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    Rising/Falling PSA over 18 years. What to do?
    avatar
    rwpeti posted:
    Over 18 years my PSA is:

    1.4, 2.6, 4.3, 3.4, 4.6, 3.7, 4.7, 7.1, 4.8, 7.4, 5.5, 7.6, 5.8, 6.7, 7.1, 8.3,

    6.7, 8.6, 10.0, 7.4, 7.7, 6.5, and last week 11.0.

    I'm 73.5 and had two neg biopsies. It's been up and down for 18 years.

    I've no problem symptoms in this time. Told my prostate is about 5x the

    normal size (85.5 cc) but no troublesome symptoms. Seeing Urologist

    next week.

    What should I do? All opinions appreciated.

    Thanks rich P
    Reply
     
    avatar
    Basir U Tareen, MD responded:
    This is often a challenging dilemma and makes both patients and urologists a little uneasy when the PSa is rising consistently in the face of negative biopsies. We have all certainly seen men with large prostate volumes have these kinds of numbers. We have also seen this type of PSA pattern in men with prostate cancer that took several biopsies to find.

    One simple, yet elegant solution I will often consider is starting a 5 alpha reductase inhibitor such as Finasteride or Dutasteride. I often find that in men with elevated PSA from benign causes the reduction in PSA is more than 50%. This is not a bad idea in men with glands larger than 50g who are symptomatic from BPH. If the PSA is rising despite being on one of these meds a more aggressive search for disease may be warranted (ie, extended biopsy under anesthesia, MRI, etc.)

    Best of luck.
     
    avatar
    ctfchuck replied to Basir U Tareen, MD's response:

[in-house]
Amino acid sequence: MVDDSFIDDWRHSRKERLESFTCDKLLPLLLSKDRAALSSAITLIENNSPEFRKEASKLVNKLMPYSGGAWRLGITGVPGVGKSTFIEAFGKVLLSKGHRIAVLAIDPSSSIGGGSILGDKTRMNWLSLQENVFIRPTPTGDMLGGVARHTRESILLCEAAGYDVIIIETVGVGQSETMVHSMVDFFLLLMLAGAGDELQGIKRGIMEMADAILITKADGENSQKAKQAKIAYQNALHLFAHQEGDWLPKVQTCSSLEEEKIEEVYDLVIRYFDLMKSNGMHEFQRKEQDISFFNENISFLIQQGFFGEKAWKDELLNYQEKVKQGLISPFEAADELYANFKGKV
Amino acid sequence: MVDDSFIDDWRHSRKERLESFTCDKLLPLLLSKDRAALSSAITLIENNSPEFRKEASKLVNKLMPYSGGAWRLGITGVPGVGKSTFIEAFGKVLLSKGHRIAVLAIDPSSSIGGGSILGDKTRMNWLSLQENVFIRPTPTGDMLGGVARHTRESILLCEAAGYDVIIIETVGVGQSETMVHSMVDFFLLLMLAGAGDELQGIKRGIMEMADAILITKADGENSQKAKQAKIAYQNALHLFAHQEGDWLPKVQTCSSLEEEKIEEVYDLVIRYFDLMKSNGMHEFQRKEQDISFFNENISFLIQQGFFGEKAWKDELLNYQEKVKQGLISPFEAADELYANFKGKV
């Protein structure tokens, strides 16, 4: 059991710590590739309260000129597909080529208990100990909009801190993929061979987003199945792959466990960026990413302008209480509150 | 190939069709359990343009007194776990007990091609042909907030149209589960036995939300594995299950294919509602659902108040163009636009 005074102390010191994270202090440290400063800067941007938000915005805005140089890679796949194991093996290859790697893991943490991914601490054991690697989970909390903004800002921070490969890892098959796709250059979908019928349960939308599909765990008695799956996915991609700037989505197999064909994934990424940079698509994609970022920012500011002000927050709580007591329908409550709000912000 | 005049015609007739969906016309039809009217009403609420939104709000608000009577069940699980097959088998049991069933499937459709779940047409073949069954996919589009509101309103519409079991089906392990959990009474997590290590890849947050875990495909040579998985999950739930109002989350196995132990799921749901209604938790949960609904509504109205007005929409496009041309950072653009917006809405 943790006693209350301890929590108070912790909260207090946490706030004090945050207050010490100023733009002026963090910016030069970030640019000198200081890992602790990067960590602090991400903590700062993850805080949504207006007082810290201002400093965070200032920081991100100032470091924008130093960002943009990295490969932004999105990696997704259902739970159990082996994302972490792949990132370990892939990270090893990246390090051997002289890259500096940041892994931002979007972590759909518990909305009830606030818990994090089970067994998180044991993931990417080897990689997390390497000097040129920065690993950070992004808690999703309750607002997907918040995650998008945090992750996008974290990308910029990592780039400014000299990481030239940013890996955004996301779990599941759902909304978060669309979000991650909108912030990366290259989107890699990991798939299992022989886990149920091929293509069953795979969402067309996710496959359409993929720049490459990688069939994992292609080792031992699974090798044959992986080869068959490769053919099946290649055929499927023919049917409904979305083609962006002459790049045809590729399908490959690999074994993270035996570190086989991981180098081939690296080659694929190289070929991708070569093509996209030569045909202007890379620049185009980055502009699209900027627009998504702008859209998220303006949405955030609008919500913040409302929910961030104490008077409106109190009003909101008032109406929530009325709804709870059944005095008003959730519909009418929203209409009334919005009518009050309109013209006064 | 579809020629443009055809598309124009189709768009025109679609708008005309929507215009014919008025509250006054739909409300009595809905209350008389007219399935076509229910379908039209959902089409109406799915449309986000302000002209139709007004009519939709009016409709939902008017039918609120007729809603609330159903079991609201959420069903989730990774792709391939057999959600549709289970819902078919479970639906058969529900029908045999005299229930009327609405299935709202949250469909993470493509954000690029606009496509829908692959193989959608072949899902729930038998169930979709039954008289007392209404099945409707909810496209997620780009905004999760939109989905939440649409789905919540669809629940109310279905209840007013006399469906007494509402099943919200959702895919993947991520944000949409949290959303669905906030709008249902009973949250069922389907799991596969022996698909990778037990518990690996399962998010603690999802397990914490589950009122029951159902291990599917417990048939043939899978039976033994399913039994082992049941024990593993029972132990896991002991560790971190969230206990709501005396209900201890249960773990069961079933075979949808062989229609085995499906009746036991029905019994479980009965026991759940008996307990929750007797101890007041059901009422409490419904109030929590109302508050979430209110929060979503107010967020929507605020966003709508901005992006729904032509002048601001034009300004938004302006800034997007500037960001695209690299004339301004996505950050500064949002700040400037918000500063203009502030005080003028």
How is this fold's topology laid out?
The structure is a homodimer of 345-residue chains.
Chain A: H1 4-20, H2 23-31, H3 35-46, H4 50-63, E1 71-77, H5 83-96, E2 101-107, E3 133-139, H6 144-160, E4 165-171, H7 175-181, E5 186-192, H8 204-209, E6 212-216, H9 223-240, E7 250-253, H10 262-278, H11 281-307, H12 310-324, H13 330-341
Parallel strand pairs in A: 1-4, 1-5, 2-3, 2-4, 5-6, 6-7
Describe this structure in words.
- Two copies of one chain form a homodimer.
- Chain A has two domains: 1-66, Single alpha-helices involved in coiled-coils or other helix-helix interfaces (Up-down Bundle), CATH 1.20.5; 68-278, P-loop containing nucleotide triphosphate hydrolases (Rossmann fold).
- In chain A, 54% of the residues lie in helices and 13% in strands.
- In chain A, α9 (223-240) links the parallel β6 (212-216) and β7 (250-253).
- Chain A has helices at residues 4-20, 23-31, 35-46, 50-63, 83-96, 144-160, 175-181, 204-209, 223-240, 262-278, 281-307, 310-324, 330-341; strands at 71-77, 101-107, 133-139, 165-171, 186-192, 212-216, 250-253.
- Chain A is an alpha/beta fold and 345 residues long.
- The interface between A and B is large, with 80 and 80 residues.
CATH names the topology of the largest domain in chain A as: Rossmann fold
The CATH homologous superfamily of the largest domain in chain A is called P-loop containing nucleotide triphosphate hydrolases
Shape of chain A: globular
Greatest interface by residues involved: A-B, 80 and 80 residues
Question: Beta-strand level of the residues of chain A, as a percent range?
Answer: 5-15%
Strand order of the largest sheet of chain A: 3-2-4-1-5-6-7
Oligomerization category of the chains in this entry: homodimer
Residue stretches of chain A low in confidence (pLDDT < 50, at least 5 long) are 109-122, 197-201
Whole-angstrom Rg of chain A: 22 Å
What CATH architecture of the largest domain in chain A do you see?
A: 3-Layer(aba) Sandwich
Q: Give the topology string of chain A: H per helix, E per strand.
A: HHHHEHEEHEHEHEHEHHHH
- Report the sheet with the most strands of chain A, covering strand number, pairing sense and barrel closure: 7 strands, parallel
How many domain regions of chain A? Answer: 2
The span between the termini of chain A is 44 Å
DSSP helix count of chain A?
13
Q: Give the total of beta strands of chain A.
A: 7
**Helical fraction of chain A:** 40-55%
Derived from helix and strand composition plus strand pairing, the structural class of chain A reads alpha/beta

I had robotic removal of my prostate about 8 years ago. My PSA after surgery was always 0.01. The last blood work I had registered at 0.26 and a follow up was 0.20. I have been taking oxycodone for extreme back pain for about 1 year. Could the oxycodone affect the rise in my PSA level?
     
    avatar
    Basir U Tareen, MD replied to ctfchuck's response:
    I don't know of any relation between oxycodone and PSA. The definition of "PSA recurrence" differs from institution to institution (some use .10, some use .20 and others .40). Bottom line is that someplace in the body there are cells producing PSA. This can sometimes be from benign tissue not taken at surgery (seminal vesicles, vasa, etc.) or in some cases represents a recurrence of disease -- either in the are of where the prostate used to be (local recurrence) or away from the area of surgery (lymph nodes, etdc. -- distance recurrence).

    Another factor to consider is the lab. Some labs will do an ultrasensitive PSA (to the one-hundreth of a point) and others will not be so precise.

    Regardless, you need time and to follow the PSA. If it continues to rise this suggests a recurrence and then the question will become whether it is local or distant. (fast rise suggests distant).

    If the PSa stays the same over time, this suggests PSA from benign tissue and is typically not worrisome.

    Good luck.


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